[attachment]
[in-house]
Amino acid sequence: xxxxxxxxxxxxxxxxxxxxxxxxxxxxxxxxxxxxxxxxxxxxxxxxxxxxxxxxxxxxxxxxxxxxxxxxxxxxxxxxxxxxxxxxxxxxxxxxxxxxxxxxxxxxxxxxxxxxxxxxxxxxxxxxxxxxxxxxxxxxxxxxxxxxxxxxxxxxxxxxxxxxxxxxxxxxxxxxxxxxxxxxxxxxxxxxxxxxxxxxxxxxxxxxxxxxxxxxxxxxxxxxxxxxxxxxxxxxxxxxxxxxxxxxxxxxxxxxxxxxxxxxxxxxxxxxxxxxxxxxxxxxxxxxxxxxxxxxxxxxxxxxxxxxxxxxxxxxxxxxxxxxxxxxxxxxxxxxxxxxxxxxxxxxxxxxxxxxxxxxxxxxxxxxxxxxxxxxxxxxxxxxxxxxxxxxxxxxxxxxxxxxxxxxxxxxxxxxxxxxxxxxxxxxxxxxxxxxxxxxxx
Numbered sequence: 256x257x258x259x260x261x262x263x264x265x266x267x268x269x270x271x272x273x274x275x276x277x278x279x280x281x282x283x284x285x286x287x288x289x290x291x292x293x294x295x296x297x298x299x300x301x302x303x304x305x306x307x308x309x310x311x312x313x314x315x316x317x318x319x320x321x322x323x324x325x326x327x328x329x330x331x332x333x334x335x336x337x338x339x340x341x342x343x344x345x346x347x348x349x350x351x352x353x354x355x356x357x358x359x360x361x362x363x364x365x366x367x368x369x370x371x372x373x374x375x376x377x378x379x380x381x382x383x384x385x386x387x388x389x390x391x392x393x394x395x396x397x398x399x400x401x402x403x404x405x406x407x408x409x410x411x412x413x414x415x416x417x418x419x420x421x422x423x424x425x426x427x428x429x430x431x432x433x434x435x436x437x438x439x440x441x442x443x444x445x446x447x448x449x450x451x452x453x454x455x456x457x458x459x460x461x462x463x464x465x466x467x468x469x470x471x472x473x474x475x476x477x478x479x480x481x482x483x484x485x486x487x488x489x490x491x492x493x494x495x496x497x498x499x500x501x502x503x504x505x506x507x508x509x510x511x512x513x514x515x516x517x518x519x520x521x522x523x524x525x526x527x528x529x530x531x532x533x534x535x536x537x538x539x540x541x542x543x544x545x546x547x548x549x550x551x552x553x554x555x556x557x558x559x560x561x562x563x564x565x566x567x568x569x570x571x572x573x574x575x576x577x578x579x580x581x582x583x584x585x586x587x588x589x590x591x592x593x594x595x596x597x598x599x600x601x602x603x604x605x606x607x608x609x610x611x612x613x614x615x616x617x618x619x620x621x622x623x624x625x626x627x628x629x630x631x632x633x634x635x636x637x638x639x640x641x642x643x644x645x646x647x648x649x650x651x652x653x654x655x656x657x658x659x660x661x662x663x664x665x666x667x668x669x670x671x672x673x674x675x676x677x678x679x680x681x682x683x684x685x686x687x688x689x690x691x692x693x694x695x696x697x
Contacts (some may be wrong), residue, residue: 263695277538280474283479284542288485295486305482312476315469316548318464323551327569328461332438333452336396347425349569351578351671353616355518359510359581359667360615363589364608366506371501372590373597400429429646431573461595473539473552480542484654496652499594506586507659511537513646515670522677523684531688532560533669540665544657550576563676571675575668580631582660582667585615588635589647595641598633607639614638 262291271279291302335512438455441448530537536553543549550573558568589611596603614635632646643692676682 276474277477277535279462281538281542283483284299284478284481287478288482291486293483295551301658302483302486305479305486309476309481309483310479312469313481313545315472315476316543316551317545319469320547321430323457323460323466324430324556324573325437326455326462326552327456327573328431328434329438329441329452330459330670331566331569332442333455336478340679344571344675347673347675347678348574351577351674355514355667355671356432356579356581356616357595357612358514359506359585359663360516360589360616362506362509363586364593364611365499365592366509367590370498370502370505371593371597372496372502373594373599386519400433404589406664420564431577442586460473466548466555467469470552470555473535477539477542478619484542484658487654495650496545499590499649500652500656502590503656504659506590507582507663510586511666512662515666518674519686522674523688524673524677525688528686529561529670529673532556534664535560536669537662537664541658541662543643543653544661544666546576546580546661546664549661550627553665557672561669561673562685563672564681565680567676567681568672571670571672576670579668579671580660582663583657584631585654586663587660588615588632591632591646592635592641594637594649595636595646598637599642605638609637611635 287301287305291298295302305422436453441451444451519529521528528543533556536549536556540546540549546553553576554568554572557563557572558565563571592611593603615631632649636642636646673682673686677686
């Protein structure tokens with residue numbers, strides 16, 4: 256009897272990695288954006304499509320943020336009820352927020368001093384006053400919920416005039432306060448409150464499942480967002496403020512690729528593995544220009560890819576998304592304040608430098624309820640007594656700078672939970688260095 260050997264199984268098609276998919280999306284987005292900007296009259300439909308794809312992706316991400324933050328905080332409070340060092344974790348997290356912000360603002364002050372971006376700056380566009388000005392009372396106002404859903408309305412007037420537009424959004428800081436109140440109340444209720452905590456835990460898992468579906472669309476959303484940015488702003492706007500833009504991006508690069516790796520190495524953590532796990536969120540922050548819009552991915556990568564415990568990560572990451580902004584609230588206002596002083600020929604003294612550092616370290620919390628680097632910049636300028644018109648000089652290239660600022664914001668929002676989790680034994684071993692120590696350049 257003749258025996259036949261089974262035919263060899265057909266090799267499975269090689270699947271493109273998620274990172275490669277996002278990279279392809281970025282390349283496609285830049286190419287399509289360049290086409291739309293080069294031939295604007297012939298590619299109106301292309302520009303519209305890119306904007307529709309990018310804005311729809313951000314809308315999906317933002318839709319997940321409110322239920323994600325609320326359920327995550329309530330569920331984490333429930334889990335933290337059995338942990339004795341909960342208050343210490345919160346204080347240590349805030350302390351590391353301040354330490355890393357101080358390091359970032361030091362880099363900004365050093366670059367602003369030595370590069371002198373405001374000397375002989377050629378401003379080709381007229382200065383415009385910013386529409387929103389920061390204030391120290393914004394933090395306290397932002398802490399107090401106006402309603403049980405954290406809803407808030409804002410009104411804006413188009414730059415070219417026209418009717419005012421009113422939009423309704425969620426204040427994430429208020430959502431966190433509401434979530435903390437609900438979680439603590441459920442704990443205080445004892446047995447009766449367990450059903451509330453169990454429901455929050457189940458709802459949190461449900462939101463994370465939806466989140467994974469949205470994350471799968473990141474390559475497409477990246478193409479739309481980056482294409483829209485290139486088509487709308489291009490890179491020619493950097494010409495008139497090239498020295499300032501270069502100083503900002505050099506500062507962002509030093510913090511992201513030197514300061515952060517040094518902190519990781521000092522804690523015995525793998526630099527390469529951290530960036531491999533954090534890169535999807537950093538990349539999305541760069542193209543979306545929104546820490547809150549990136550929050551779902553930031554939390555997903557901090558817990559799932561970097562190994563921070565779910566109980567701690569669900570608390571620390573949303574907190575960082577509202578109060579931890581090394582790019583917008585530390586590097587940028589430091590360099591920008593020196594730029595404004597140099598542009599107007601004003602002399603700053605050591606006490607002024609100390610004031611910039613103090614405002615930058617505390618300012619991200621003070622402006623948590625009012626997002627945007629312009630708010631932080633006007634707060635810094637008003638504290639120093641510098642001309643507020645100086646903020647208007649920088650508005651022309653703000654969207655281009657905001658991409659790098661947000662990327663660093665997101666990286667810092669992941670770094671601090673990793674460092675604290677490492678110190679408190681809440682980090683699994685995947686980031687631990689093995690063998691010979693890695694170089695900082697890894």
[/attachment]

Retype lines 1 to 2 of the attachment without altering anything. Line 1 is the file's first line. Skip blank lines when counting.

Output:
[in-house]
Amino acid sequence: xxxxxxxxxxxxxxxxxxxxxxxxxxxxxxxxxxxxxxxxxxxxxxxxxxxxxxxxxxxxxxxxxxxxxxxxxxxxxxxxxxxxxxxxxxxxxxxxxxxxxxxxxxxxxxxxxxxxxxxxxxxxxxxxxxxxxxxxxxxxxxxxxxxxxxxxxxxxxxxxxxxxxxxxxxxxxxxxxxxxxxxxxxxxxxxxxxxxxxxxxxxxxxxxxxxxxxxxxxxxxxxxxxxxxxxxxxxxxxxxxxxxxxxxxxxxxxxxxxxxxxxxxxxxxxxxxxxxxxxxxxxxxxxxxxxxxxxxxxxxxxxxxxxxxxxxxxxxxxxxxxxxxxxxxxxxxxxxxxxxxxxxxxxxxxxxxxxxxxxxxxxxxxxxxxxxxxxxxxxxxxxxxxxxxxxxxxxxxxxxxxxxxxxxxxxxxxxxxxxxxxxxxxxxxxxxxxxxxxxxxx